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United States v. Pratt

United States District Court, E.D. Kentucky, Southern Division

January 18, 2019

UNITED STATES OF AMERICA, Plaintiff,
v.
ROY DEAN PRATT, Defendant.

          REPORT AND RECOMMENDATION

          CANDACE J. SMITH UNITED STATES MAGISTRATE JUDGE

         This matter is before the Court on Motion Under 28 U.S.C. § 2255 to Vacate, Set Aside or Correct Sentence by a Person in Federal Custody (R. 61) filed by Defendant Roy Dean Pratt. The United States has filed its Response (R. 67) and Defendant has filed his Reply. (R. 69). Having all relevant documents before the Court, this matter is now ripe for consideration and preparation of a Report and Recommendation pursuant to 28 U.S.C. § 636(b). For the reasons set forth below, it will be recommended that Defendant's § 2255 Motion (R. 61) be denied.

         I. PROCEDURAL BACKGROUND

         On April 1, 2015, the Kentucky State Police were informed a large number of people had been observed visiting the Hindman, Kentucky residence of Sandra Dyer, Defendant's girlfriend. (R. 41 at 3, ¶ 3). In response, the State Police began surveilling the home, during which they observed and videotaped a suspected drug transaction. (Id.). On April 7, 2015, the State Police executed a search warrant at the residence and located eight firearms. (Id. at 3-5, ¶¶ 1, 4-5). In its decision rendered on Defendant's direct appeal, the Sixth Circuit described the circumstances as follows:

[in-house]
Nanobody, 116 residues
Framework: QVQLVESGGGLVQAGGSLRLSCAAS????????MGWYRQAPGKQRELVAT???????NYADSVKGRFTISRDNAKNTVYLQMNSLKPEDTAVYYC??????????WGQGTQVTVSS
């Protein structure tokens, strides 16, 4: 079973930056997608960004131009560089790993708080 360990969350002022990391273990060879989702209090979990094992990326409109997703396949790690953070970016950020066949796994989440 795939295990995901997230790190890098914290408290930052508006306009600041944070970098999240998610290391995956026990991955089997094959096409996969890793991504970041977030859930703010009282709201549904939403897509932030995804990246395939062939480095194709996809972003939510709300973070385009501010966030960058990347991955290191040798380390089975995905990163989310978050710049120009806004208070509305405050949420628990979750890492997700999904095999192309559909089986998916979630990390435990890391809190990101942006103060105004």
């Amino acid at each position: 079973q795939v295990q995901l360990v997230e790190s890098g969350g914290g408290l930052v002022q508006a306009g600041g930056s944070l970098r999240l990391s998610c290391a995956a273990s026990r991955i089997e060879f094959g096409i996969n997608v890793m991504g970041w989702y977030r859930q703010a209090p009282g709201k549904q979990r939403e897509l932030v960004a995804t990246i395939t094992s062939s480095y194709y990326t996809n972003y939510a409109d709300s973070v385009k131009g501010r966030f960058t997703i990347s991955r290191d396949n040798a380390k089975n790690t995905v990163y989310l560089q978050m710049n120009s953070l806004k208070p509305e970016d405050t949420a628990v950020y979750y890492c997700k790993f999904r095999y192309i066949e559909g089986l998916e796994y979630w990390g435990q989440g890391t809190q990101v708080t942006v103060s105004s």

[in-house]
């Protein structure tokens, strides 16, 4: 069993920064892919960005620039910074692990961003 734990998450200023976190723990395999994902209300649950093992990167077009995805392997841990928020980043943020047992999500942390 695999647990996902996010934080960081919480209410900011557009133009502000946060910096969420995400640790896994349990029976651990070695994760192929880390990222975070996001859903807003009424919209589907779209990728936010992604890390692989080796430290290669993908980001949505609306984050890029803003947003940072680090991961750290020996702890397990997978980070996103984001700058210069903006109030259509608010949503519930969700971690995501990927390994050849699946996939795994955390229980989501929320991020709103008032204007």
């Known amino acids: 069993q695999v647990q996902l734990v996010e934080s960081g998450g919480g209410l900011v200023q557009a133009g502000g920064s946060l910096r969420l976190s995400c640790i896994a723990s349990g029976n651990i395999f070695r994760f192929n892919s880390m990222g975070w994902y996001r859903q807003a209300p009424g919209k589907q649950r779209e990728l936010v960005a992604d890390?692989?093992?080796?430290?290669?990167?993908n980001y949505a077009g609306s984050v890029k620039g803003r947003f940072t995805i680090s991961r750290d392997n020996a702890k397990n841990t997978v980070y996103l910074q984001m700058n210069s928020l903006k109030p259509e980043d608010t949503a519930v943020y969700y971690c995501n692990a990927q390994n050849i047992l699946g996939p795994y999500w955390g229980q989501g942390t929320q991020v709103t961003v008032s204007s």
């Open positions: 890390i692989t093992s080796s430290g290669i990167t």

Pratt answered when the officers arrived at the back door. His girlfriend, Sandra Dyer, was also inside. Upon searching the bedroom to the right of the back door, the officers discovered a large gray, opened safe containing six firearms---four Henry rifles, a Rossi rifle, and a Remington shotgun---as well as ammunition. They also found a 12-gauge shotgun leaning up against the outside of that safe. The officers then spotted a small, brown or tan locked safe, which contained a Hi-Point 9-millimeter pistol. All told, the KSP seized eight fully functioning guns from that bedroom.
Nearby, Pratt spoke with some of the officers. Although his ID listed his residence elsewhere, Pratt told the police that he had lived at the home with Dyer for “anywhere between five and six years.” He also explained that he and Dyer kept the loaded 12-gauge shotgun sitting beside the bed “for protection.” He further described several of the other guns in the bedroom in detail, including their caliber and make. Finally, he mentioned that he and Dyer were holding the Hi-Point 9-millimeter pistol in the small brown or tan safe for a man named Jarrod Williams.

(R. 55 at 1-2); United States v. Pratt, 704 Fed.Appx. 420 (6th Cir. 2017).

         Prior to the date the search warrant was executed, Pratt had been convicted of multiple felonies, including trafficking in a controlled substance and facilitation to commit robbery. (R. 41 at 3, 8-9, 12, ¶¶ 1, 37-39, 49; see R. 13). On September 10, 2015, a federal grand jury returned an Indictment in the case at bar, charging Pratt with one count of being a felon in possession of firearms, in violation of 18 U.S.C. § 922(g)(1). (R. 1). On September 25, 2015, Pratt appeared for an initial appearance and arraignment on the Indictment and entered a plea of not guilty. (R. 8). Jury trial in the case began on November 30, 2015 and concluded on December 2, 2015. (R. 26; R. 27; R. 28). The jury found Defendant guilty of being in possession of a firearm after having been previously convicted of a felony offense. (R. 32).